In his setting of Herbert's poem, Blow made use of a ground, a very popular device in English music. Purcell also used it frequently, as several pieces in the programme show. One example is O solitude, my sweetest choice. The text is part of a translation of La solitude by the French poet Antoine Girard de Saint-Amant (1594-1661). The translation was from the pen of Katherine Philips, an Anglo-Welsh translator and poet, who was highly regarded in her time. It comprises five stanzas of four and six lines respectively. The ground bass is repeated 28 times. It is generally considered one of Purcell's masterpieces, with quite some text illustration and a differentiated use of harmony. It is followed by an instrumental ground, the chaconne Two in one, upon a ground from the semi-opera Dioclesian, played here on two tenor recorders.
Blow's oeuvre is hardly explored, and that includes his collection of songs, which was published in 1700 under the title of Amphion Anglicus. From this edition Ah heav'n, what is't I hear is taken. It was originally part of Blow's Ode for St Cecilia's Day of 1691. Although Blow left a fair number of secular songs, most of his oeuvre is sacred, including a large number of anthems. In addition he composed some motets on Latin texts, and one of them is Paratum cor meum, a setting of Psalm 107. It is scored for two sopranos, but as they are only accompanied by organ, a transposition for lower voices is not a problem. That is what I assume is the case here. Again, Blow makes use of a ground bass.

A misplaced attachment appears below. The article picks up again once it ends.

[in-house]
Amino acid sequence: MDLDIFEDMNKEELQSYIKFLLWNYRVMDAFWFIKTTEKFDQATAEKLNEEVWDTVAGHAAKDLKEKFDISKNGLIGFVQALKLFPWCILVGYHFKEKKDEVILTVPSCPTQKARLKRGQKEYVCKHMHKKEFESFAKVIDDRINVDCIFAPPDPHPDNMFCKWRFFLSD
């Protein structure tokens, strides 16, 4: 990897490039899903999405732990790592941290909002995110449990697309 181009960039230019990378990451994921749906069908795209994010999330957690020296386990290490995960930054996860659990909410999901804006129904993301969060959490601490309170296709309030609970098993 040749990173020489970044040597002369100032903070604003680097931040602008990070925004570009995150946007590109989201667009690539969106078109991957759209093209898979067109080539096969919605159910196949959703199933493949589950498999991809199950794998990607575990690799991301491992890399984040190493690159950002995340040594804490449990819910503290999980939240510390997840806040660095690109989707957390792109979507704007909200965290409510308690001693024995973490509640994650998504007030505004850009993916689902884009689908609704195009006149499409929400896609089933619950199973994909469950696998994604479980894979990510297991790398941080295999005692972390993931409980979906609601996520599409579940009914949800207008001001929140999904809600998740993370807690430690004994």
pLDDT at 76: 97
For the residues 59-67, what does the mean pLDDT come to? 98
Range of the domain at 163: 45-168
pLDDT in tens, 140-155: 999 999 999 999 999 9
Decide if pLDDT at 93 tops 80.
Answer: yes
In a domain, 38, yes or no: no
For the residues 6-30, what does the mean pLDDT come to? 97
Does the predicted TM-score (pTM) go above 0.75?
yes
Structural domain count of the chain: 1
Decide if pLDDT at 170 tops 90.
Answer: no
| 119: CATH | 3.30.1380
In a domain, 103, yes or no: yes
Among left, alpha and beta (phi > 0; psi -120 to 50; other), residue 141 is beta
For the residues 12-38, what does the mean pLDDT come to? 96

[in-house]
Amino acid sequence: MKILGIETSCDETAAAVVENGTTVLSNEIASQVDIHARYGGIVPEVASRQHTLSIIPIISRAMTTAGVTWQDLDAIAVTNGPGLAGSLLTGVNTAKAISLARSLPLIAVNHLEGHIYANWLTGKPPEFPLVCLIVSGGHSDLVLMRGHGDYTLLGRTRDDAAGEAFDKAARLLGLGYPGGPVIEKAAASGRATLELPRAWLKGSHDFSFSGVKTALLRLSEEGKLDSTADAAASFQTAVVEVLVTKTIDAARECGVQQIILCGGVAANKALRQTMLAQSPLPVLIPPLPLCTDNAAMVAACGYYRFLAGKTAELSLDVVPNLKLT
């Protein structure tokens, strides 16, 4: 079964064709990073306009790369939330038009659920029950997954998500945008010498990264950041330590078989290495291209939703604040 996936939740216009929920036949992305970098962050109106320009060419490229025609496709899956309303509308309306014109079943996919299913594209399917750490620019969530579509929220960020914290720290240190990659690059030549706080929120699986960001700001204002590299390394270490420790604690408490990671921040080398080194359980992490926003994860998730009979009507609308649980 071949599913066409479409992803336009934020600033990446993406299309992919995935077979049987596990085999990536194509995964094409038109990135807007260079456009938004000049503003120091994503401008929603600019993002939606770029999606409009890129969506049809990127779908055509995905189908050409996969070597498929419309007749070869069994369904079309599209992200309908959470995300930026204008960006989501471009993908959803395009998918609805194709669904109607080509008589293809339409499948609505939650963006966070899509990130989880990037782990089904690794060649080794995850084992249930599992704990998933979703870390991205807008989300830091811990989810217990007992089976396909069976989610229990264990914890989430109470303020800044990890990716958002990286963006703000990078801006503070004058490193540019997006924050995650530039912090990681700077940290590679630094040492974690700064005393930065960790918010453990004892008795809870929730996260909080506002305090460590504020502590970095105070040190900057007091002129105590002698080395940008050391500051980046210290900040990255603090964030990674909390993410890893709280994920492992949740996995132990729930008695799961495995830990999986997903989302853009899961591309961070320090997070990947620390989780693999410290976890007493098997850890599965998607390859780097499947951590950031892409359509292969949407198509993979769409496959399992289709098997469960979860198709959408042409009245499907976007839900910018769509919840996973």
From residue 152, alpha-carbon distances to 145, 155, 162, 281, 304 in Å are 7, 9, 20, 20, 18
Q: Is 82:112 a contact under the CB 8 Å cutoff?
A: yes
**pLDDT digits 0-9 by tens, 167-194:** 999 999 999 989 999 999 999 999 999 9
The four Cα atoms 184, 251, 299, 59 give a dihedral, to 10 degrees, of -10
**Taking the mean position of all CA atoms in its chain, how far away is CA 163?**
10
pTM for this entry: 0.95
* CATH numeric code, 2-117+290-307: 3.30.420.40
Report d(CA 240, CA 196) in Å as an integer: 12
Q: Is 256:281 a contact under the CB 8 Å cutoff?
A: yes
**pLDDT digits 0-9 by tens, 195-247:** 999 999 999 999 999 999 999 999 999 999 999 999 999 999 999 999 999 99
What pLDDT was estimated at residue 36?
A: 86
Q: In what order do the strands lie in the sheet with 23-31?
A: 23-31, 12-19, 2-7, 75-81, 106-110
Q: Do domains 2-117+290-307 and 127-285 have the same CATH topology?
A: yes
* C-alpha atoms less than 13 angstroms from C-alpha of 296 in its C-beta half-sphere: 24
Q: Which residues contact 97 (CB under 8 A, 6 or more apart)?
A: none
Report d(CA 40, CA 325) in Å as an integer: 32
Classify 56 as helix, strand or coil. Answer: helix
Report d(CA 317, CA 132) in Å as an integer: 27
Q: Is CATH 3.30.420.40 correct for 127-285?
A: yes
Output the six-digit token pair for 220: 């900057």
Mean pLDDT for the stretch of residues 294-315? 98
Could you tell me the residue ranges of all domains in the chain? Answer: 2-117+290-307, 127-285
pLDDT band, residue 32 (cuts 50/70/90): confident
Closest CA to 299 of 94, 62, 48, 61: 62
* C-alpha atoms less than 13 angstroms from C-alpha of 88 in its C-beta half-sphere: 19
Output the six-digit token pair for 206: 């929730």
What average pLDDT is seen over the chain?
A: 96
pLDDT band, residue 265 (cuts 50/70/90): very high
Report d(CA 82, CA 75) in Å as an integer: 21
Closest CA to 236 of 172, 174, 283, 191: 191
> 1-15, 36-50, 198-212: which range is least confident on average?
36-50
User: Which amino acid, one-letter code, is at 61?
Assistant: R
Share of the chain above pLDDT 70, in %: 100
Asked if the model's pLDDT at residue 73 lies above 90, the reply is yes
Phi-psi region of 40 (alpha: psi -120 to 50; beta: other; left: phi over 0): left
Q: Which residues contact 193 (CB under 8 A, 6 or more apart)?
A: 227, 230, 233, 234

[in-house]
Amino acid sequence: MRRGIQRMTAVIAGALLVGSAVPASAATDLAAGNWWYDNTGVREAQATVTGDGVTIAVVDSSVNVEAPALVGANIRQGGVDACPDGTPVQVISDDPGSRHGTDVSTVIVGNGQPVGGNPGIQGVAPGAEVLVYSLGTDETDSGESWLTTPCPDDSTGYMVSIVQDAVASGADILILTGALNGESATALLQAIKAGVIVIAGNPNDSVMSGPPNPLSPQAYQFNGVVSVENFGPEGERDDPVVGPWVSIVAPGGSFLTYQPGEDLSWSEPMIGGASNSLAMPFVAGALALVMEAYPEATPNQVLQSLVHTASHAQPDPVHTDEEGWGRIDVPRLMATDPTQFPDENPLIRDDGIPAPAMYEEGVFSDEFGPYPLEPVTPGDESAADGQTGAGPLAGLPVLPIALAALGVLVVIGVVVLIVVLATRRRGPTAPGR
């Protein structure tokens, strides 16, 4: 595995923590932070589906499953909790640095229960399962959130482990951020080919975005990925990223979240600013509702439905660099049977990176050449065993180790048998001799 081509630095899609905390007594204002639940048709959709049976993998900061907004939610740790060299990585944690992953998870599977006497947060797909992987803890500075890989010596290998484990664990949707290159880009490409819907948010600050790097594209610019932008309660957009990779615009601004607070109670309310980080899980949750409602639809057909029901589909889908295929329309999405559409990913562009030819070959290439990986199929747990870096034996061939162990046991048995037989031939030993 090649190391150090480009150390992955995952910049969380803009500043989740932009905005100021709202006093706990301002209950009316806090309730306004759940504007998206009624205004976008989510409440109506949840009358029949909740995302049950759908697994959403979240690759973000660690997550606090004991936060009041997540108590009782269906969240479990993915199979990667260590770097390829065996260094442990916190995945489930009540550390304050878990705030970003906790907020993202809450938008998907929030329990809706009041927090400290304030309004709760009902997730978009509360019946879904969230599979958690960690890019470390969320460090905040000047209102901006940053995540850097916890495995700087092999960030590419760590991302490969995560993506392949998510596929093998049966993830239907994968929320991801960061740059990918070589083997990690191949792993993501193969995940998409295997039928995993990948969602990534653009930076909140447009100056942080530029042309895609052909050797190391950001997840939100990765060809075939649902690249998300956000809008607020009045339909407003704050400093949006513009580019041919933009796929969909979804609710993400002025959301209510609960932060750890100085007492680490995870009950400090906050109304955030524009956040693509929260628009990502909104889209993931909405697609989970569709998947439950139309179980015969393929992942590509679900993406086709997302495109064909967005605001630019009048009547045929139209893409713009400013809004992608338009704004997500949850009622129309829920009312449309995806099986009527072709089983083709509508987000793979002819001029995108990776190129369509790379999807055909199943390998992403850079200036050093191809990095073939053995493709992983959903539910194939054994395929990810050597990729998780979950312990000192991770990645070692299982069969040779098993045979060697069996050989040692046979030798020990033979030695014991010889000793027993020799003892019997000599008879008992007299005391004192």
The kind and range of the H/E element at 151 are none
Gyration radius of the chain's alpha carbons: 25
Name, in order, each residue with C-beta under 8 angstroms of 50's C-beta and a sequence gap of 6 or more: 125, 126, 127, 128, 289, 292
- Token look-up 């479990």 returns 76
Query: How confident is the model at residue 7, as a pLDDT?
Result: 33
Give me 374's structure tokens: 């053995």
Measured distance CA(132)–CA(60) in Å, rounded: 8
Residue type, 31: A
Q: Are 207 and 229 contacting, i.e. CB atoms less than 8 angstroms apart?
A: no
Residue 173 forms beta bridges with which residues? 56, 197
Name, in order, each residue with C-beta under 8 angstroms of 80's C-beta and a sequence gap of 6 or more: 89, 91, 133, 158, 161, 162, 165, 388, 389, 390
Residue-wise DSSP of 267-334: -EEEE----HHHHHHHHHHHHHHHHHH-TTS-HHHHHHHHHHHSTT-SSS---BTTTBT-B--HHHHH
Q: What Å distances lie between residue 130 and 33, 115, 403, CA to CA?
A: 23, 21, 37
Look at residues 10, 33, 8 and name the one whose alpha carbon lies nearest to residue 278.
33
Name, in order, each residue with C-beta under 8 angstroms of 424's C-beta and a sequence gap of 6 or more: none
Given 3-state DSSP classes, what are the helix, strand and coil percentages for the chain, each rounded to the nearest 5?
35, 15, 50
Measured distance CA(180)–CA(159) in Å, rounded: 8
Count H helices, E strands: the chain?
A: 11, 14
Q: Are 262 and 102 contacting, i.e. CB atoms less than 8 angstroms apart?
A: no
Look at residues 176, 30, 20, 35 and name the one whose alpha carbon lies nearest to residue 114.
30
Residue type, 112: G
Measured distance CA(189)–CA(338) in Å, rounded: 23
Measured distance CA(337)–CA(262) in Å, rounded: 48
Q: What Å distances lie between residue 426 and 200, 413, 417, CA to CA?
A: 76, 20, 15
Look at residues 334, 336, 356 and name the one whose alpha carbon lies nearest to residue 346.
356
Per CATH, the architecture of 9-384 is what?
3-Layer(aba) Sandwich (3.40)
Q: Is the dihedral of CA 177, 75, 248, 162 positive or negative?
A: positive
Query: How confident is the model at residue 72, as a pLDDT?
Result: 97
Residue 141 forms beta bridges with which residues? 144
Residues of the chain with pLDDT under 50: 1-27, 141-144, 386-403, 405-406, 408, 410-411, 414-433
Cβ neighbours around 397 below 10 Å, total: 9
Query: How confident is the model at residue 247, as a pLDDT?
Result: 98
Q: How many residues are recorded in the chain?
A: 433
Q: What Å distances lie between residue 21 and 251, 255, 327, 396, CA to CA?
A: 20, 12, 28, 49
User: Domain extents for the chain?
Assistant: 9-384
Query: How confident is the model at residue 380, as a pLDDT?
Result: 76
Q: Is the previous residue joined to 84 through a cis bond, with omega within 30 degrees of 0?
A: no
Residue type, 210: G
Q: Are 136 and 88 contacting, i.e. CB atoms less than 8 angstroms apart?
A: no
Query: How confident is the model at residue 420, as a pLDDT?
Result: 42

Queen Mary's death came as a shock, and so did Purcell's death, almost one year later, in November 1695. Again, poems were written as a tribute to the English Orpheus, and some were set to music. John Blow composed a moving Ode on the Death of Mr Henry Purcell, whose text is from the pen of John Dryden, for two voices, two recorders and basso continuo. It opens and closes with duets in two movements, embracing a solo in three sections.